DoD to Survey Service Members on Job Satisfaction
By Sgt. 1st Class Kathleen T. Rhem, USA
American Forces Press Service
WASHINGTON, July 15, 2002 What better way to learn more about what troops think than to ask? The Defense Department this month started a survey program to do just that.
"We hope it'll allow us to adjust our policies more promptly when we see an issue or problem out there that our people are concerned with," said David Chu, undersecretary of defense for personnel and readiness.
He said letters went out July 8 to 35,000 service members pointing them to a Web-based Status of Forces Survey and advising they have until July 26 to participate, if they wish.
In 2003, DoD officials plan to expand the effort by conducting three such surveys of the active force, two of Guard and Reserve forces and one of civilian employees. By 2004, the plan is for each group to be surveyed quarterly, Chu said.
The current Status of Forces Survey focuses on job satisfaction, retention plans, and spouse employment, among other issues, he said. Previous such surveys looked at morale, welfare and recreation benefits and retention incentives, he added.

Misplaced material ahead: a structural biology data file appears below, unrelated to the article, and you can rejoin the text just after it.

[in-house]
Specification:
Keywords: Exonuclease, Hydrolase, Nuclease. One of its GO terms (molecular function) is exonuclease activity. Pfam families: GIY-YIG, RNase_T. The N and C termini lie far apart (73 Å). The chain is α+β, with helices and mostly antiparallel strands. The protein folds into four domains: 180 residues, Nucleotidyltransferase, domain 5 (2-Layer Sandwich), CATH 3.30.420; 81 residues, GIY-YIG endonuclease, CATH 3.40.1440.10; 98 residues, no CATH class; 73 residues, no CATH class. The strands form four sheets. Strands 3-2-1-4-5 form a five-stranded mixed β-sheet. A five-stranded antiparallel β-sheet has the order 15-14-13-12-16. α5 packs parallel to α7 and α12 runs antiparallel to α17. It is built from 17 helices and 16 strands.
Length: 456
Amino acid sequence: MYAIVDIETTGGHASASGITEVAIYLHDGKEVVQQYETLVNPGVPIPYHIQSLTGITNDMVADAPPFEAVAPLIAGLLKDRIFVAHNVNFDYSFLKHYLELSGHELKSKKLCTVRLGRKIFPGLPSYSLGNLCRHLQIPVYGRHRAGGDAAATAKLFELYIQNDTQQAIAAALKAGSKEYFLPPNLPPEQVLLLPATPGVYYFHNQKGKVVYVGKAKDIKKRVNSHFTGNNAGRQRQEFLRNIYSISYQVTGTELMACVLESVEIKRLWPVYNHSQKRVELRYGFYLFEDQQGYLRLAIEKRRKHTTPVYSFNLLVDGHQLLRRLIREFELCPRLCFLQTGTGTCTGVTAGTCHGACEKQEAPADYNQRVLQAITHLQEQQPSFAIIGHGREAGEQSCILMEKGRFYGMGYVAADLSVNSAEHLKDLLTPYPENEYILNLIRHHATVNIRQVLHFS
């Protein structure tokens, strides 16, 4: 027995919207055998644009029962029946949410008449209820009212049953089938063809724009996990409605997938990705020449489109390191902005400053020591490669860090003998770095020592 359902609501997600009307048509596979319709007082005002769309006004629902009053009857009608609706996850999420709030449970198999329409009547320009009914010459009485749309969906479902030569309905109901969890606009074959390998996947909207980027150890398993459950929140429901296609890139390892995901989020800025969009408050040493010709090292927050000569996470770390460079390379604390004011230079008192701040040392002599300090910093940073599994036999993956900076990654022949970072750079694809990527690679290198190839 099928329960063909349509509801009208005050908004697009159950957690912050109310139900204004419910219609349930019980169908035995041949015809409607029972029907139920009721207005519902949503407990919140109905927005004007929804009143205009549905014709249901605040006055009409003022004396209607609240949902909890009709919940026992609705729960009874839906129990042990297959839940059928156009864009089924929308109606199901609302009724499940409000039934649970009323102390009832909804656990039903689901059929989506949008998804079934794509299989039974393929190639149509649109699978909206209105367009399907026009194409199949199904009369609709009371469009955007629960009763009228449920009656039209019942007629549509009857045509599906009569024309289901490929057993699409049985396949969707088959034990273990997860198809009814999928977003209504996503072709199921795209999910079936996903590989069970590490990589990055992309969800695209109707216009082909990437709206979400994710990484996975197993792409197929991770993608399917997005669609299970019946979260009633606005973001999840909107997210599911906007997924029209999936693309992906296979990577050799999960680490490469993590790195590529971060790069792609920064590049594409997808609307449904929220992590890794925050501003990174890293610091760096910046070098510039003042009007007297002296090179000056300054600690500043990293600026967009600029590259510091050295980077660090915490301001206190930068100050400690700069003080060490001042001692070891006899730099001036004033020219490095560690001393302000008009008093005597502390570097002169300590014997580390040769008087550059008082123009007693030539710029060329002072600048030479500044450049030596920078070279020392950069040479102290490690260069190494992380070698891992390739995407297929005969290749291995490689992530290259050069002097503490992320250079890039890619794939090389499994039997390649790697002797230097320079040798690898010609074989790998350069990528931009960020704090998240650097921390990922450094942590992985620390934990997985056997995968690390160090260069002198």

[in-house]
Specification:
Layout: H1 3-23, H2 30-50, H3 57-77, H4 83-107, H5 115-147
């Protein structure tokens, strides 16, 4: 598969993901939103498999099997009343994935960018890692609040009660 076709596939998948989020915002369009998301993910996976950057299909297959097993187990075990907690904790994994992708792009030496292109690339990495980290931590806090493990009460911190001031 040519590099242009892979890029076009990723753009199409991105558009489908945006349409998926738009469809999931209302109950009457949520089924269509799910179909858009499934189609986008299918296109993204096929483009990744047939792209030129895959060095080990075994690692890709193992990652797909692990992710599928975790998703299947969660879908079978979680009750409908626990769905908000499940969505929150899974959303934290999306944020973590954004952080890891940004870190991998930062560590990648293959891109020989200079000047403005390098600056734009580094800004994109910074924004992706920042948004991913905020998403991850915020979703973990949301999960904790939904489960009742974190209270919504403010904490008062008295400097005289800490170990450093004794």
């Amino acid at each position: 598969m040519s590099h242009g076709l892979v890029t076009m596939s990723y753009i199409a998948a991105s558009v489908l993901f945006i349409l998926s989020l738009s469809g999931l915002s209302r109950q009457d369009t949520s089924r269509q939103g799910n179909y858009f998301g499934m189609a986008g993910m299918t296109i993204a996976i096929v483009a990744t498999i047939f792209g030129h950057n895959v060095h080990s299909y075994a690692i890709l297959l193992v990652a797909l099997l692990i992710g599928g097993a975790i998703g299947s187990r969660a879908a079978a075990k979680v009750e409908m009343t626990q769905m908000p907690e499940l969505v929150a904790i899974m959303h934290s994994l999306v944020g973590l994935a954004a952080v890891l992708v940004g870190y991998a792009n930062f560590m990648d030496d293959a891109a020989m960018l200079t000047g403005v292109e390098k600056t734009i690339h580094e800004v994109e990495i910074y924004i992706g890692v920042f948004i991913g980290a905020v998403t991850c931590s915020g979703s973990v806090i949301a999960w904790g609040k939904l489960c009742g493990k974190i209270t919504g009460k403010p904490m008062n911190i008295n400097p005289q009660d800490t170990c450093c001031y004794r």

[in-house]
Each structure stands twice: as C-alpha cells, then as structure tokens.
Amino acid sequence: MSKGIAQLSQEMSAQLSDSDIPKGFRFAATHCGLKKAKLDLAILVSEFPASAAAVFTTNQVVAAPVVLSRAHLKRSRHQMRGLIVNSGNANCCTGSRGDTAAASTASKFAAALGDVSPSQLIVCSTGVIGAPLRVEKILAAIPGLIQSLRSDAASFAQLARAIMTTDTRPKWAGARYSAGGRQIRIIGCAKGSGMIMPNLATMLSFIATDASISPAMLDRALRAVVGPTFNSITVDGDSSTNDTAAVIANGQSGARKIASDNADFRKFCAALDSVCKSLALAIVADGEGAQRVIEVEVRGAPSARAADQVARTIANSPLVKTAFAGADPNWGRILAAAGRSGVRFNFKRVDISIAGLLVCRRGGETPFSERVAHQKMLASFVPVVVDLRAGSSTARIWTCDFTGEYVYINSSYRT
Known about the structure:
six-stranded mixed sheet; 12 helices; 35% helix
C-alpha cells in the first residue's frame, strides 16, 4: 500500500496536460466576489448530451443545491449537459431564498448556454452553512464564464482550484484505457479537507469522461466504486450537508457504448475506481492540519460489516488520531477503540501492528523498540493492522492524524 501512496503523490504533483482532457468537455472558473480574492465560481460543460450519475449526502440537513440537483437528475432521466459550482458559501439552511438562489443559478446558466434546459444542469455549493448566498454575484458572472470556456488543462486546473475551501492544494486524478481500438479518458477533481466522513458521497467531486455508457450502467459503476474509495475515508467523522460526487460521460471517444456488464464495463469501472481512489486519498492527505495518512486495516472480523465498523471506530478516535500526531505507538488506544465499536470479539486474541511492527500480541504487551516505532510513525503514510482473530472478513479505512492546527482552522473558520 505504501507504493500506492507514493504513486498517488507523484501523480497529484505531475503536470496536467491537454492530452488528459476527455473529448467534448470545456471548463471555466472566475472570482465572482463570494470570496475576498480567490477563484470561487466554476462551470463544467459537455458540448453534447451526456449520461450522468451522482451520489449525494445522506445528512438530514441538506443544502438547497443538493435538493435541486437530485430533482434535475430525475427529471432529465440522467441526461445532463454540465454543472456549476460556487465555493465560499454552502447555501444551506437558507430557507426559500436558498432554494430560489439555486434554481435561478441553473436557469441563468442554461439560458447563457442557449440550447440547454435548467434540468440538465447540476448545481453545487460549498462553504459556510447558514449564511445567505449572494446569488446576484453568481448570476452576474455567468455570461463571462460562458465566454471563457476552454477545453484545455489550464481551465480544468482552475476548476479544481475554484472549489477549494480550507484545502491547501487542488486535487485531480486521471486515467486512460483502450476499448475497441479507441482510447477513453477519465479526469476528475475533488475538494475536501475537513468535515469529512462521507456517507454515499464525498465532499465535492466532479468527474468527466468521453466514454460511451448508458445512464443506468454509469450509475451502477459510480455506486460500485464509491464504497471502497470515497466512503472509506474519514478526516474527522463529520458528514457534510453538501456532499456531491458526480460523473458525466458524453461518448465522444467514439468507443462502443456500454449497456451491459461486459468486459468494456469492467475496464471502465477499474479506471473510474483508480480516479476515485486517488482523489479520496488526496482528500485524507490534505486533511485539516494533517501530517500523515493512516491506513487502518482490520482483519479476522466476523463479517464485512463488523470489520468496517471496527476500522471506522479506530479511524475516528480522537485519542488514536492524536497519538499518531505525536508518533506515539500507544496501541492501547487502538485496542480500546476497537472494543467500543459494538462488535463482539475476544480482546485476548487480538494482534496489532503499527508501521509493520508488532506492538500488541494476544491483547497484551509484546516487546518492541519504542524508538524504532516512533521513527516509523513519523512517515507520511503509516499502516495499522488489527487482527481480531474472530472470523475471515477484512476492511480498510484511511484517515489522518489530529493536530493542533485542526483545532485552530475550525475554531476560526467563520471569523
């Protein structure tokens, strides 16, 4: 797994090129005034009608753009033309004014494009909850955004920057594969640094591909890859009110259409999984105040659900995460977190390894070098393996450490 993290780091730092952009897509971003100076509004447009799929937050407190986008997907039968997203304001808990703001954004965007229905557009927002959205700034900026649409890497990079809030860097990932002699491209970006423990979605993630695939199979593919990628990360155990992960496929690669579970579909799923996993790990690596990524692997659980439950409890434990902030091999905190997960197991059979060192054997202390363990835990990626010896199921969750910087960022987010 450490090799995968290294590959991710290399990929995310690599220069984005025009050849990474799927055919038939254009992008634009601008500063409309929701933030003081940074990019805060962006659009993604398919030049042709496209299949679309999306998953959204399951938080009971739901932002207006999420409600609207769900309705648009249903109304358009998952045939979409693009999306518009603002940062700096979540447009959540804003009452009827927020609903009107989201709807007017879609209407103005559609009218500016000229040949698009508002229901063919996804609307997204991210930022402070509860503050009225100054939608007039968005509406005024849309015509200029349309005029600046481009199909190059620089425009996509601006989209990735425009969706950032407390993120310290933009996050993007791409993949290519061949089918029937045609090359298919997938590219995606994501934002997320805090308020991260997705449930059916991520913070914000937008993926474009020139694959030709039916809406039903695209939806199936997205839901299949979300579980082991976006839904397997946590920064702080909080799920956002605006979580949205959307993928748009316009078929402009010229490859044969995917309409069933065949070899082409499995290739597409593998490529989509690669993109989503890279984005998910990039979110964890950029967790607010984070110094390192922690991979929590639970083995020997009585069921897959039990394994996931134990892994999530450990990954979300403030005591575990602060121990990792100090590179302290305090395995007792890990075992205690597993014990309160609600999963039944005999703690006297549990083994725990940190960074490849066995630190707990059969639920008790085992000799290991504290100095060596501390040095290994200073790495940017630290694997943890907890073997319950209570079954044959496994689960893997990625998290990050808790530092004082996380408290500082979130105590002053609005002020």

This is one of the earlier major survey programs from DoD to be completely Web-based. Chu said this should make it easier for members to participate and for surveyors to compile results quickly.
"It'll give us the ability on a near-real-time basis to understand how people see their lives, whether in uniform or as a civilian employee of the Department of Defense," he said. Chu's plans call for the results of completed surveys to be posted on a public Defense Manpower Data Center Web site, www.dmdc.osd.mil/surveys.
Chu said officials believe up to half the people ignore mailed survey requests. But then, many of those same people complain policy makers don't ask and don't understand what issues affect their lives, he remarked.
Surveys provide an opportunity for people to have their opinions heard, and Chu urged those who receive invitations to take a few minutes to complete the survey.
"This is your 'put-up-or-shut-up' opportunity," he said. "Don't just complain. Here is your chance to do something. Here is your chance to vote, so to speak, about your future and about what will be important for the people you work with as well."